She will also screen a 12-minute documentary interviewing patients, staff, victims and refuge-seekers about the 2014 attack on Al Aqsa Hospital, and discuss some of the issues and difficulties in seeking and obtaining justice at the international level. For example, obtaining and preservation evidence, and progression cases \ through the ICC system in The Hague, where she recently met with officers from the Victims and Prosecutor's sections to discuss the Gaza situation, including the Great March of Return.

Julie Webb-Pullman is a New Zealander who has been writing from Gaza since 2011. Her work has appeared in Gaza SCOOP, Palestine Chronicle, Global Research, Havana Times, Prensa Latina, Dissident Voice, Tortilla Con Sal, Al Jazeera and Green Left Weekly.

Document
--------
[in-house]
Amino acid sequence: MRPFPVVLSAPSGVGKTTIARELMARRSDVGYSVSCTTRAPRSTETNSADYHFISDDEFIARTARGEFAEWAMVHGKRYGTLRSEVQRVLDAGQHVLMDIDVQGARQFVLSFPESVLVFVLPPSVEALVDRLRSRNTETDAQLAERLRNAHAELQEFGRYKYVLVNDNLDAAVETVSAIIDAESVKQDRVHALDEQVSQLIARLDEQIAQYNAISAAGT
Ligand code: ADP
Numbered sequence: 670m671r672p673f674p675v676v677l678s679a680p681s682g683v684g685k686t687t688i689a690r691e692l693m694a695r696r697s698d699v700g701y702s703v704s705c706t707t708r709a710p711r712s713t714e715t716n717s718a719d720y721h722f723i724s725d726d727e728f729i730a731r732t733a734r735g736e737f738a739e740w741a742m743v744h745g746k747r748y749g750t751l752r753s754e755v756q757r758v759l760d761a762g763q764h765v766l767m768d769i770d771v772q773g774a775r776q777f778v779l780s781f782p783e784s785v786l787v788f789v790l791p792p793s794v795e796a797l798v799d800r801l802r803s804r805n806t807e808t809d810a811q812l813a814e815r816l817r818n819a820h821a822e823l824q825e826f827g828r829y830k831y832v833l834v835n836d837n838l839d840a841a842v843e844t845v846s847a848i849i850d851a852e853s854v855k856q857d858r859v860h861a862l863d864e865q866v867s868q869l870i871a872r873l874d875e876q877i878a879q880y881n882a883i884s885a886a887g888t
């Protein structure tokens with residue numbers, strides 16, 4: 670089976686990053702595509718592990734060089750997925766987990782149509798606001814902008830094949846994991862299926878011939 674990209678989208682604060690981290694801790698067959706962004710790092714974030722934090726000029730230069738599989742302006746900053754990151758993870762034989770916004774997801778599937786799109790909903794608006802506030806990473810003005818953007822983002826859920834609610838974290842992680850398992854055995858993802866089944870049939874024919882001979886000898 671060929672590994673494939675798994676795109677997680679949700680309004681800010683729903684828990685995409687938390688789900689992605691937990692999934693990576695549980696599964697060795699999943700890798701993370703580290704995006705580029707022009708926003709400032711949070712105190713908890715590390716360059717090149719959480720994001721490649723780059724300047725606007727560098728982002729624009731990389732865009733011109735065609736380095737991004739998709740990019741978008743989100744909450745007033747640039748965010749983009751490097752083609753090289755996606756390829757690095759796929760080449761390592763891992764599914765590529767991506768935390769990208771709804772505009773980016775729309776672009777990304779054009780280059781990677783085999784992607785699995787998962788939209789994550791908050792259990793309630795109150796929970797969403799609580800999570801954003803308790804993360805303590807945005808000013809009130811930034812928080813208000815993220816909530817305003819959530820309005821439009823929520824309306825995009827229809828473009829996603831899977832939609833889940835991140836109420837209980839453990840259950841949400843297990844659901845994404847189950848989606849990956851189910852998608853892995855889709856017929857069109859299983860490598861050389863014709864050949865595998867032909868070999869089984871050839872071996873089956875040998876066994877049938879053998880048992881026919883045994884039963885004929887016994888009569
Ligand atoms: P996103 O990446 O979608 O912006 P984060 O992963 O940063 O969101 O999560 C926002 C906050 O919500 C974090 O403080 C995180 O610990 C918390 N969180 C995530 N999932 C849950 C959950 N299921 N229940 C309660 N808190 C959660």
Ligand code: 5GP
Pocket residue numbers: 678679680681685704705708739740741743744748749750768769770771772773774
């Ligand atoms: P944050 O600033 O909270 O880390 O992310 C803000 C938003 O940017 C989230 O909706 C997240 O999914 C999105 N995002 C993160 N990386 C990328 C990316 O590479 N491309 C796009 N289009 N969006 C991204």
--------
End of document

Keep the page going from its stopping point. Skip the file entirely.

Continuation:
The talk will be live-streamed on our FB page, here.

+ CID Humanitarian Network  - nominate for Chair now!
The current CID Humanitarian Network Chairperson (Mark Mitchell - World Vision NZ) and Deputy-Chairperson (Linabel Hadlee – cbm New Zealand) will be stepping down in October 2019 after completing their respective two-year terms.

Foremost we would like to thank both Mark and Linabel for their immense contribution and support in these roles.

CID is currently in the process of receiving nominations from member organisations of the CID Humanitarian Network. All nominations need to be received by COP Monday 30th September 2019. Voting for both these positions will take place at the next network meeting in Wellington on Tuesday 8th October.

If you are from a CID Humanitarian Network member organisation and wish to nominate one or more persons for the position of either CID Humanitarian Network Chair or Deputy-Chair, or have any other questions, please contact Aaron Davy at


Pacific Islands